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Articles on Clouds

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Wildfires burn on the island of Evia, north of Athens, Greece, on Aug. 3, 2021, as the country dealt with the worst heat wave in decades. Temperatures reached 41 C in parts of Athens. (AP Photo/Michael Pappas)

5 things to watch for in the latest IPCC report on climate science

The latest report on climate science comes on the heels of heatwaves, wildfires, flooding and storms. It will help policy-makers act on plans to curb emissions or adapt to climate change.
If successful, solar geoengineering would would reduce the amount of sunlight that reaches the Earth’s surface and warms the planet. (Shutterstock)

Solar geoengineering could limit global warming, but Canada should study risks and benefits first

Solar geoengineering could theoretically cool the Earth to slow global warming, and it has been controversial. Still, countries should research its risks and benefits.
Permafrost is thawing across the Arctic, releasing microbes and organic materials that have been trapped in the frozen ground for thousands of years. NOAA via Wikimedia Commons

Thawing permafrost is full of ice-forming particles that could get into atmosphere

New research shows that permafrost contains huge amounts of particles that make it easier for cloud moisture to freeze. Thawing permafrost is releasing these ice-nucleating particles.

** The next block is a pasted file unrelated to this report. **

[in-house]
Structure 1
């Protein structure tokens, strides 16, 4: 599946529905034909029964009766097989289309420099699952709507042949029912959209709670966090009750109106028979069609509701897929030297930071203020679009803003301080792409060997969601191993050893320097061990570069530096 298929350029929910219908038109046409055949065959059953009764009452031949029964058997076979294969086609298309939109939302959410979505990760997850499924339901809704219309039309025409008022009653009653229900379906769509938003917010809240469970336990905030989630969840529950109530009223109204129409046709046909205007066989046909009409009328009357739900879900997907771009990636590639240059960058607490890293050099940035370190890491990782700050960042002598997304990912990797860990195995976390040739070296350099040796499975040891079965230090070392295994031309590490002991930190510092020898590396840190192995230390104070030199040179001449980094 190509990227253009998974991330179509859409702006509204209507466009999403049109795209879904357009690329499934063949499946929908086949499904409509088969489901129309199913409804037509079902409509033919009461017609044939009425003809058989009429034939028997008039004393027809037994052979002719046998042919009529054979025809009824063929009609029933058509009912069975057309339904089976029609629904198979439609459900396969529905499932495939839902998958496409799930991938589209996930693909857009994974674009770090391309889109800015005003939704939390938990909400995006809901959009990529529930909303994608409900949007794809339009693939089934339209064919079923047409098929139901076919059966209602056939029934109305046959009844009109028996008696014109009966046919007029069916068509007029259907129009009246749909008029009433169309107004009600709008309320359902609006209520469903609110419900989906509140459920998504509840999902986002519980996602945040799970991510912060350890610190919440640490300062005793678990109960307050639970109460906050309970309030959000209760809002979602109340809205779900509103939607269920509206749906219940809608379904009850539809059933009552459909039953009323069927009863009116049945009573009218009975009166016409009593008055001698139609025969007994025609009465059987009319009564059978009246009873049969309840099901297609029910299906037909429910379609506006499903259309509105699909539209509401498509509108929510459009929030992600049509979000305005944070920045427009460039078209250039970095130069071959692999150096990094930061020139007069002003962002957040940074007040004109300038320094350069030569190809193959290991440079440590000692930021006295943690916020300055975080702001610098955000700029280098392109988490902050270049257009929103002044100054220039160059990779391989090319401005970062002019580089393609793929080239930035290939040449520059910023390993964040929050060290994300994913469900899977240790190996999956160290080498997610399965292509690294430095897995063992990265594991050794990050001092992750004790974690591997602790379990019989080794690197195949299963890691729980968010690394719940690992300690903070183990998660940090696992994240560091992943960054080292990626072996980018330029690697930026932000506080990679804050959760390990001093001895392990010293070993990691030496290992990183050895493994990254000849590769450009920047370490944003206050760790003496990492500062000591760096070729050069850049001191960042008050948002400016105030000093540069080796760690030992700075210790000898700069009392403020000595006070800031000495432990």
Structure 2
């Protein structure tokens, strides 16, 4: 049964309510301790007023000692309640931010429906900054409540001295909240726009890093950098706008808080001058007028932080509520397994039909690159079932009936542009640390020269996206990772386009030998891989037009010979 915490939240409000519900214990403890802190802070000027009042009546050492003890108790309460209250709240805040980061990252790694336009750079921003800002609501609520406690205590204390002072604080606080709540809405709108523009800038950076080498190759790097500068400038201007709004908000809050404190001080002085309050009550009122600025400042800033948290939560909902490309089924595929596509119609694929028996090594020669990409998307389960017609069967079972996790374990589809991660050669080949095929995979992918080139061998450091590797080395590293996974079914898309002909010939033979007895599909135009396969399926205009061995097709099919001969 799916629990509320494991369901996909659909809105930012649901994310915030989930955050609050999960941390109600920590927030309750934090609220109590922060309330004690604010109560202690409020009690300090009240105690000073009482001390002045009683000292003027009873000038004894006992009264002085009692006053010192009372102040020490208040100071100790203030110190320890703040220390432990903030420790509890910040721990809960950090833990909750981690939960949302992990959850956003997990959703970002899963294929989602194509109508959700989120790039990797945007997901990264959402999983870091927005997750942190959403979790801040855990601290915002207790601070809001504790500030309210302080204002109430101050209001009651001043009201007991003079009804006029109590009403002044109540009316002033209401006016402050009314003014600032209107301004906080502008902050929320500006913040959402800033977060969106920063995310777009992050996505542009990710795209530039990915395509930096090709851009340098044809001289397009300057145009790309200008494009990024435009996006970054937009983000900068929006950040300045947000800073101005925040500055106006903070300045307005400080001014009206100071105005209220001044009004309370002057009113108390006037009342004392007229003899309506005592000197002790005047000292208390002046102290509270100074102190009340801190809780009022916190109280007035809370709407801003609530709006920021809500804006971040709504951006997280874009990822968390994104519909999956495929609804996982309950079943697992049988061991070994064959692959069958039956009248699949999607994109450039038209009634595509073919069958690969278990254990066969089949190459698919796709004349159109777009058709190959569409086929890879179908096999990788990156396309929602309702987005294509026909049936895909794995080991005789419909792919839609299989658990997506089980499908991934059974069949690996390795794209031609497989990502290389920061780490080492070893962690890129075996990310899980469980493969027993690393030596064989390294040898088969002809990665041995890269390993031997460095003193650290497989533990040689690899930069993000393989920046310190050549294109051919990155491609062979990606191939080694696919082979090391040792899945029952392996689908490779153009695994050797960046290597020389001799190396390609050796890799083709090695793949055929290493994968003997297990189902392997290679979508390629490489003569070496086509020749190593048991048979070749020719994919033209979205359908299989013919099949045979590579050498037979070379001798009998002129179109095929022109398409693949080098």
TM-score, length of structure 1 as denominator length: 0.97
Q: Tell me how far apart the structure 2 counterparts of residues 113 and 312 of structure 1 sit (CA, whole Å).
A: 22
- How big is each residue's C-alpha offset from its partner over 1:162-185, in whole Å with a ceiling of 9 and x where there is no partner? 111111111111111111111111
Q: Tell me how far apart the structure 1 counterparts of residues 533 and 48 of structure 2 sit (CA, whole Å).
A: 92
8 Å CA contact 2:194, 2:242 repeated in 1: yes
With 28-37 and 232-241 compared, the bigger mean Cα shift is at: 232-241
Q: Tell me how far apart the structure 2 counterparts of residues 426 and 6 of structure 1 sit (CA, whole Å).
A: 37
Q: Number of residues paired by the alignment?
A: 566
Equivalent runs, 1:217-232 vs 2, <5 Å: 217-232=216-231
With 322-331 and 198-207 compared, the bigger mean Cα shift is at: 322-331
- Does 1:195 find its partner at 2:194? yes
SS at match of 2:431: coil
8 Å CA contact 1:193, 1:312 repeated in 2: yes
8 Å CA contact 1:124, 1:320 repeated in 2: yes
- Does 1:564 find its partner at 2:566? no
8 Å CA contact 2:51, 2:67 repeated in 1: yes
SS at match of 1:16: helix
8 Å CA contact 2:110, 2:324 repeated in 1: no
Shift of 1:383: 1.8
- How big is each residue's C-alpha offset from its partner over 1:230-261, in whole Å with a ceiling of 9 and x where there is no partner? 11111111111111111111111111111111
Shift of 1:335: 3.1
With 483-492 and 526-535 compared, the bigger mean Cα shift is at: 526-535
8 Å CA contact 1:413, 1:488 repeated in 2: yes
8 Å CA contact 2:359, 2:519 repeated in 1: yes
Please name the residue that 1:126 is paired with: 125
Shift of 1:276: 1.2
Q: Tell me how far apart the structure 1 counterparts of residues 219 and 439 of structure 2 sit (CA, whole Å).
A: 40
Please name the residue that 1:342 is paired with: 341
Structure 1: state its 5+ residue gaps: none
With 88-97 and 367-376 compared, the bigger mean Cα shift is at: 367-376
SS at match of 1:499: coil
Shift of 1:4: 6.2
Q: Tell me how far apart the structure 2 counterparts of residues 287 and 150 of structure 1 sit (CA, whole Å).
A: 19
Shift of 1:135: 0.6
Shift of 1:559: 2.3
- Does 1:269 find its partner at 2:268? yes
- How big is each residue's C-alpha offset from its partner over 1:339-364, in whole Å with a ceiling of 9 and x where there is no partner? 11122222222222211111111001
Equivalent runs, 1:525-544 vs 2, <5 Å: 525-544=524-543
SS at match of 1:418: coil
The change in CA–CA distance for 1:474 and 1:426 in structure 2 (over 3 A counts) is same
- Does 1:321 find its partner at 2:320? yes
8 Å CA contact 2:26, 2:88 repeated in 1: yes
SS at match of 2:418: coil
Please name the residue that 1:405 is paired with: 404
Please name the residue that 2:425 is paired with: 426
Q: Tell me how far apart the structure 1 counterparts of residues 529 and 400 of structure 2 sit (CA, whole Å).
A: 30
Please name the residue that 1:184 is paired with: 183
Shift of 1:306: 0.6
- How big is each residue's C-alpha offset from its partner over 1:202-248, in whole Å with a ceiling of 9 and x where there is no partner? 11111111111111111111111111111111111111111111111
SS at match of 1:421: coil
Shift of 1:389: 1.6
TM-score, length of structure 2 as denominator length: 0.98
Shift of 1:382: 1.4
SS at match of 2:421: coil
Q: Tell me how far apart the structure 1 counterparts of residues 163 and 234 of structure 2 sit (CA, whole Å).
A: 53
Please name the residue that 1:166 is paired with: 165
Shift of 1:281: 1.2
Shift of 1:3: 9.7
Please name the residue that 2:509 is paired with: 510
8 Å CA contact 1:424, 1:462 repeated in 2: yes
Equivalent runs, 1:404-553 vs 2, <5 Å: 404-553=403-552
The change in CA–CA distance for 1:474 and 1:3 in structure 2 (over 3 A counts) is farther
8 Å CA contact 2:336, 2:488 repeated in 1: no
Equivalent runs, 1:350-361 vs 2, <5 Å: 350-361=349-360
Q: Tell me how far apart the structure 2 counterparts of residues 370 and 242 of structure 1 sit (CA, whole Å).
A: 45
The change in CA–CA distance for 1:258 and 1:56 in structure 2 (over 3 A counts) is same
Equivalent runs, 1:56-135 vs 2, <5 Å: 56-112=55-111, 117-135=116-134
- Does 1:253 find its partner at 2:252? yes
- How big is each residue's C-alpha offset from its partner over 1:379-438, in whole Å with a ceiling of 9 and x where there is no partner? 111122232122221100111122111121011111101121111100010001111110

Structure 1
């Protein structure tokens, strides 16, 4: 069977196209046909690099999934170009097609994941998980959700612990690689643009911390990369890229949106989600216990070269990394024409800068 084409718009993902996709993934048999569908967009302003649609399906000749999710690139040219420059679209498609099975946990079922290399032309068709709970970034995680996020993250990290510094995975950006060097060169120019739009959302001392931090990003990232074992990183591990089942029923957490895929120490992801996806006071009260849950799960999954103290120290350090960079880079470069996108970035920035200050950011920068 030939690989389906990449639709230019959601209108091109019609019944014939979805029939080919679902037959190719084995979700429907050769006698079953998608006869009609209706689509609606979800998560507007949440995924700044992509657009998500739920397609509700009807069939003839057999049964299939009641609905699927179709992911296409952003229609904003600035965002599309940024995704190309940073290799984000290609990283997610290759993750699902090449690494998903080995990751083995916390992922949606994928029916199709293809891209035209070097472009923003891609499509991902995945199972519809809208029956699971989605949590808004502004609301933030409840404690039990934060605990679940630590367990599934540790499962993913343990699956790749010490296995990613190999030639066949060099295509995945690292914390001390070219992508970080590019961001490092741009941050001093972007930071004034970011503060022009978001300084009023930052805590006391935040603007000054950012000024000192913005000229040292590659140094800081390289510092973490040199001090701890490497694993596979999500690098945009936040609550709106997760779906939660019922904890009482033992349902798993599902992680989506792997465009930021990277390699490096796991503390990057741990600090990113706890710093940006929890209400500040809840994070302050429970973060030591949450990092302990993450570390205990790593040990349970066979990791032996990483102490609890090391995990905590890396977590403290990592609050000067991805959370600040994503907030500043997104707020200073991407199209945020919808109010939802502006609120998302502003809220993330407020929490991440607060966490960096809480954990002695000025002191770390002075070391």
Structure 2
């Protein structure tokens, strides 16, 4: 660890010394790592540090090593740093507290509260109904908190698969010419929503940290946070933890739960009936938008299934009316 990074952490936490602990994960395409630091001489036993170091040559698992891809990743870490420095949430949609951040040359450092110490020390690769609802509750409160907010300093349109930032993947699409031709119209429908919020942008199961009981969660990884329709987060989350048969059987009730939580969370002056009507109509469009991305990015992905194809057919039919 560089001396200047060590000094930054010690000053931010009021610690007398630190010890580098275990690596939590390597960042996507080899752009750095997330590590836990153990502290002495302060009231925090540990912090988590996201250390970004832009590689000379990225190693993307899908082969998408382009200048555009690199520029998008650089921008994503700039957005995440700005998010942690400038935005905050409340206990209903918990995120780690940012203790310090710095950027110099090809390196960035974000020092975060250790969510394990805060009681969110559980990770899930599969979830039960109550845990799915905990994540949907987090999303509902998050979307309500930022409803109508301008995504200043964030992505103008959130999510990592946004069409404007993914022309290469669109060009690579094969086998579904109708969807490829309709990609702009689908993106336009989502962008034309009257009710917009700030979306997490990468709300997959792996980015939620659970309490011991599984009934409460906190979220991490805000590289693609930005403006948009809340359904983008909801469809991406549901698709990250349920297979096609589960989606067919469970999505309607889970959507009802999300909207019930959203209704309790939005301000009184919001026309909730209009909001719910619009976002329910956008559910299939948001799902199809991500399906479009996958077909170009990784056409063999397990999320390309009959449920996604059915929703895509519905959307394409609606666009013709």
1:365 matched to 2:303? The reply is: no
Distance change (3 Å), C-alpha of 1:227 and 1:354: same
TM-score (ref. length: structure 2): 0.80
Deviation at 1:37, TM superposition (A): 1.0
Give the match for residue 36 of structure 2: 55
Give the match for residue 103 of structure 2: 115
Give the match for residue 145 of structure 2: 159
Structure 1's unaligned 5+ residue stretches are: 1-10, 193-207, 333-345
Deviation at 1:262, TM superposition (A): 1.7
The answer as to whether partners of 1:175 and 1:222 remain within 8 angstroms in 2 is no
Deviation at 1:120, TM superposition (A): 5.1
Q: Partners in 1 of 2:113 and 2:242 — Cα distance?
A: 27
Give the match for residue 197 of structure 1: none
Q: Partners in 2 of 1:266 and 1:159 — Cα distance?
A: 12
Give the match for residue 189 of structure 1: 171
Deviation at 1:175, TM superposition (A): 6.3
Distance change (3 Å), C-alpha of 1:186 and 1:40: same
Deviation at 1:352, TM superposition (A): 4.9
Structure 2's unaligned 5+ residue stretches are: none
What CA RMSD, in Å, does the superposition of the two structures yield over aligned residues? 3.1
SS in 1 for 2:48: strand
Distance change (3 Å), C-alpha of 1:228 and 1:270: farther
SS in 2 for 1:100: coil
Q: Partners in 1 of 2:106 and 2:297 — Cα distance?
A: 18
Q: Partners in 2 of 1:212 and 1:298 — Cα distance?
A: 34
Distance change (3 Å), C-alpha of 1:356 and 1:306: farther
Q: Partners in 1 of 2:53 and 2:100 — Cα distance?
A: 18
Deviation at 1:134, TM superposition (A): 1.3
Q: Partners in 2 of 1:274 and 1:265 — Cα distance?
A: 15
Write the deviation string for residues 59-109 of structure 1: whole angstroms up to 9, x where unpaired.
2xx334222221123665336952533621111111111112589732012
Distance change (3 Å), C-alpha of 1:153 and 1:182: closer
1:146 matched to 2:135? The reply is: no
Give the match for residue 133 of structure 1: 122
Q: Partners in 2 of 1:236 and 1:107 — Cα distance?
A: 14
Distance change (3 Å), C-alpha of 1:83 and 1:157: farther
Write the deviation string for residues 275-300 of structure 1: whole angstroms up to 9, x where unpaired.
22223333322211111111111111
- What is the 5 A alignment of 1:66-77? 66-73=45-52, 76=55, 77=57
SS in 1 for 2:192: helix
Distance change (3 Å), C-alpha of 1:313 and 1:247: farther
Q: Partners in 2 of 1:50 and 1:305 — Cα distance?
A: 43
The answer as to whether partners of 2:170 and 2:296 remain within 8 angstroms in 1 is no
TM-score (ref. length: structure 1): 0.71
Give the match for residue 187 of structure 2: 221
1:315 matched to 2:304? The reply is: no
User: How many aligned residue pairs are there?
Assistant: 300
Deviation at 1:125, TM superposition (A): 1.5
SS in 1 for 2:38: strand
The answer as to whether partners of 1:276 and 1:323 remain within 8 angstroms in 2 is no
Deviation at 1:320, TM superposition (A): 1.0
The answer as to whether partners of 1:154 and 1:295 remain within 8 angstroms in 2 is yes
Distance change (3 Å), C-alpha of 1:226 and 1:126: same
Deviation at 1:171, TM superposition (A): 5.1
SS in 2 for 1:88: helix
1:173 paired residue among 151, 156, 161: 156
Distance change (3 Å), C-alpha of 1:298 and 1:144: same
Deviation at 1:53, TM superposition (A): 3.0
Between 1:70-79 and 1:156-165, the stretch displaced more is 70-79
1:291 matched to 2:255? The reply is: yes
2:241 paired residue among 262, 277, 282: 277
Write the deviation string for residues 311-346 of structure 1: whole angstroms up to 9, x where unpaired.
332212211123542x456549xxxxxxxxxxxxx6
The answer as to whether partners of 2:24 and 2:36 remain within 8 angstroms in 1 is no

A downpour or a drizzle: What causes the difference? David Pinzer Photography/Moment via Getty Images

Why does some rain fall harder than other rain?

Some rainstorms drench you in a second, while others drop rain in a nice peaceful drizzle. A meteorologist explains how rainstorms can be so different.
Not all clouds are the same, and climate models have been predicting the wrong kinds of clouds over the Southern Ocean. Kathryn Moore

We caught bacteria from the most pristine air on earth to help solve a climate modeling mystery

Climate models have been overestimating how much sunlight hits the Southern Ocean. This is because the clouds there are different from clouds anywhere else. Bacterial DNA helped us understand why.
They may look comfy to sit on but you’d plummet through and hit the ground. Sam Schooler/Unsplash

What would it feel like to touch a cloud?

You might have already felt what it would be like inside a cloud made of condensed water vapor.
Grant Elliott/Unsplash.

Curious Kids: why is the sea salty?

The salt in the sea has built up over billions of years – but it wouldn’t have got there without freshwater rivers and streams.
Sometimes air goes up past the condensation level then falls back below the condensation level, then up, then below, again and again. This creates clouds that are stripy, often with lines between the clouds. Robert Lawry/Author provided

Curious Kids: where do clouds come from and why do they have different shapes?

Clouds formed by rising warm air currents are called ‘convection clouds’. Because of all the rising air coming up, these clouds can be bumpy on top, sometimes looking like cotton wool or cauliflower.
Only clouds that are tall with big water drops can make rain, but they also stop most of the light, which makes them look grey. Marcella Cheng/The Conversation

Curious Kids: why does rain only come from grey clouds?

To answer this question from Fiona, age 6, we need to know some things about clouds and light.

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